In the 4th edition of the Revenue Engineers update we look at Oddschecker & Google, the wild panic over ad blocking and the exciting world of 404 Pages.
ODDSCHECKER & GOOGLE
Google is starting to return betting odds in the search results, we doubt they will launch an odds comparison service.
Google has a new search result format called “answer box” which is designed to show you answers on the search result page and saving you a click to a website. So for example “How to Boil an Egg” will return a result that looks like this: Boiled Egg Result Screenshot
It has generated mixed feelings from website owners as it is depriving them of website visits and potential ad revenue. In a google view of the world the assumption would be it improves user experience and means they will carry out more searches.
How do you do it?
There are a few elements that need to be in place for this work:
- Your website needs to rank very highly for the search term in question
- You need to be using Schema Mark-Up
- Your webpage needs to be easily parsed and understood by the google bot
What have Oddschecker got to do with this?
Well the smart chaps at Oddschecker have everything in place and are being used as the source for the “answer box” for a number of betting odds related queries such as:
There is a good write up over at the SEM Post about Political Betting Odds being shown and for the major US sports Vegas Insider seems to be the favoured site.
Will Google Launch an Odds Comparison Service?
We seriously doubt it for a number of reasons including the regulatory/legal issues as well as the relatively low query volumes compared to other verticals such as travel and finance make this unviable in the grand scheme of google projects.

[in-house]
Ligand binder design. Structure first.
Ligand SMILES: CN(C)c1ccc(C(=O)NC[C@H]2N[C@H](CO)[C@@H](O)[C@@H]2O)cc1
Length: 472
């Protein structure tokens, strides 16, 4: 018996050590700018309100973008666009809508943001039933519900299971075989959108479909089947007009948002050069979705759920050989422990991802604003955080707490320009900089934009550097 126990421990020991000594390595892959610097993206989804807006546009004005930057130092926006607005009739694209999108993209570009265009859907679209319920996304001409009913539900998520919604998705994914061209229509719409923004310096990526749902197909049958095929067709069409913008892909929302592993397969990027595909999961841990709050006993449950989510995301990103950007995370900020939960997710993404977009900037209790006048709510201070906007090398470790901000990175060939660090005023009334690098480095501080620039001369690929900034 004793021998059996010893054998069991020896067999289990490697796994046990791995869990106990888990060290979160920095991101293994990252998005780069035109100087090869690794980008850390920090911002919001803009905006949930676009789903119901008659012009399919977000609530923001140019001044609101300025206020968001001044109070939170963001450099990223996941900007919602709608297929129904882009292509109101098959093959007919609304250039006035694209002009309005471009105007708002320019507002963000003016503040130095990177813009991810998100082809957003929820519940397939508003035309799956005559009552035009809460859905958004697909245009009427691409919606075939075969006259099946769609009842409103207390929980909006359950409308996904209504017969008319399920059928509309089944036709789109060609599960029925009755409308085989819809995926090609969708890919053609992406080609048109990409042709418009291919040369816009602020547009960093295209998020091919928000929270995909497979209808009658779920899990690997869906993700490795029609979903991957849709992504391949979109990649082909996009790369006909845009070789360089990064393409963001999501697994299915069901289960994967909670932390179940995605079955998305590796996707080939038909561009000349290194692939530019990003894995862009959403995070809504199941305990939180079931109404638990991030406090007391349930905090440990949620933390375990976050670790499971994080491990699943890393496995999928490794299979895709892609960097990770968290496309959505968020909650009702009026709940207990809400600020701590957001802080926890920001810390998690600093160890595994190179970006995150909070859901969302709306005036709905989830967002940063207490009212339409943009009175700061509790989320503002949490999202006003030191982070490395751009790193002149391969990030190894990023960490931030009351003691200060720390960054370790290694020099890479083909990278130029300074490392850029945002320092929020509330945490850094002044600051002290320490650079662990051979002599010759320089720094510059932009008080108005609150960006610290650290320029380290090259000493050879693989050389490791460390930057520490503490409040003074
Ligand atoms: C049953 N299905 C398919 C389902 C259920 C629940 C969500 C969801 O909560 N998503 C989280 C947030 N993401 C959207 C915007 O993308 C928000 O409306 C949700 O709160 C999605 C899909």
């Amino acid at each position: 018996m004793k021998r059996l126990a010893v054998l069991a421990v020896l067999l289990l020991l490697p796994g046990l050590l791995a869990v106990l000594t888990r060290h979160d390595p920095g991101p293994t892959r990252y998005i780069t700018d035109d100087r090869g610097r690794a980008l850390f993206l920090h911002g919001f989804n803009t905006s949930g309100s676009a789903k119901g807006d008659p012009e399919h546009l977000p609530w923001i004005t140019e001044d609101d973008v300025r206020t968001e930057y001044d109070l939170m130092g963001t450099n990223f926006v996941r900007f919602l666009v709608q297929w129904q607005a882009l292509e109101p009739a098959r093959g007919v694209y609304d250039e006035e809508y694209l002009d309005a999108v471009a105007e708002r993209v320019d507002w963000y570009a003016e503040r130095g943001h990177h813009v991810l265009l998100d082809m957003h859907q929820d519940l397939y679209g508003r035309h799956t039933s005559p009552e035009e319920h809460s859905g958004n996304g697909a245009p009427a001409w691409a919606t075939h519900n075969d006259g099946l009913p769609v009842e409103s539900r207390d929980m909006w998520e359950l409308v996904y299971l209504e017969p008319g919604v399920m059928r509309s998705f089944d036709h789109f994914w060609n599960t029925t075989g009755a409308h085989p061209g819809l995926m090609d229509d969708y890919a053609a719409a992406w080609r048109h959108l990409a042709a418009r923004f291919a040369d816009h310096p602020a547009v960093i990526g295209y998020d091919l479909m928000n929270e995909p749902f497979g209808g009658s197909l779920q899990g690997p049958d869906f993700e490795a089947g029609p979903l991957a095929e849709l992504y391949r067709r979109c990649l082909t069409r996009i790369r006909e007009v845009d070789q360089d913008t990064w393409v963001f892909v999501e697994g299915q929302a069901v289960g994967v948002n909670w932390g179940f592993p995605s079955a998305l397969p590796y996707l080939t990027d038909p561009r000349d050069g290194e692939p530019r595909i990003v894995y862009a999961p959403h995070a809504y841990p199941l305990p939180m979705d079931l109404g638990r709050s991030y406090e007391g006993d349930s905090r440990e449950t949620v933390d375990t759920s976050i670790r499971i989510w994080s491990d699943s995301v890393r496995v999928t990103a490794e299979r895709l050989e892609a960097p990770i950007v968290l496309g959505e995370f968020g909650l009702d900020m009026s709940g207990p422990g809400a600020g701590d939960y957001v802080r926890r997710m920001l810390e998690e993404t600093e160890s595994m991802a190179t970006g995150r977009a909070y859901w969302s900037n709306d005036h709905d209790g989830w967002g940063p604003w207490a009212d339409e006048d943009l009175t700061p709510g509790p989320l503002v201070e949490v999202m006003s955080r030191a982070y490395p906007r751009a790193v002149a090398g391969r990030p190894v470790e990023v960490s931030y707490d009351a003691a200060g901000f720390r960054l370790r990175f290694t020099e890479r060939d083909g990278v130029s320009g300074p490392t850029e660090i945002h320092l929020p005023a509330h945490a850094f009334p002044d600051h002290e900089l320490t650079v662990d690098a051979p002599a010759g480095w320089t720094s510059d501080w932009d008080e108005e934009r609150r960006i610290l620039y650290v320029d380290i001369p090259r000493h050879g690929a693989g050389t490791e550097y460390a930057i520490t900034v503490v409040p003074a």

There is a lot of noise in the press about the latest ad blocking stats, while it should be a concern there are a lot of things that can be done to seriously mitigate the impact. Below is our full response to CalvinAyre.com when they asked us for a comment.
Our View on Ad Blocking
We are strongly against ad blocking when it is implemented in a blanket way for example at a browser, OS or ISP level. However we are pro-choice where a user decides for themself if they wish to implement ad blocking solutions.
The best way to approach these questions is to divide it into the two types of clients we help with ad-blocking avoidance techniques and they are the Advertiser (Gambling Firm) and the Publisher (Affiliate).
We have built custom solutions for affiliates where they can serve ads on their website that don’t get restricted by the ad blocking technology and we have a seen a significant uplift in impressions served.
For an affiliate new to this the best place for them to start is to invest in first-party ad serving and to stop relying on the third-party ad serving of the gambling companies.
Affiliates as publishers can also detect if a user has an ad blocker in place and show custom messaging to those users or even go as far as restricting access to content.
We are also advocates of back to basics advertising and make sure you are using icons, buttons, text links and other formats that don’t get blocked.
From an advertiser perspective, we’d actually flip this on its head and say users who have opted-in to not see any banner ads wont click on your ad anyway, so not to get too hung up on it and focus on optimising for the users who want to engage with your brand.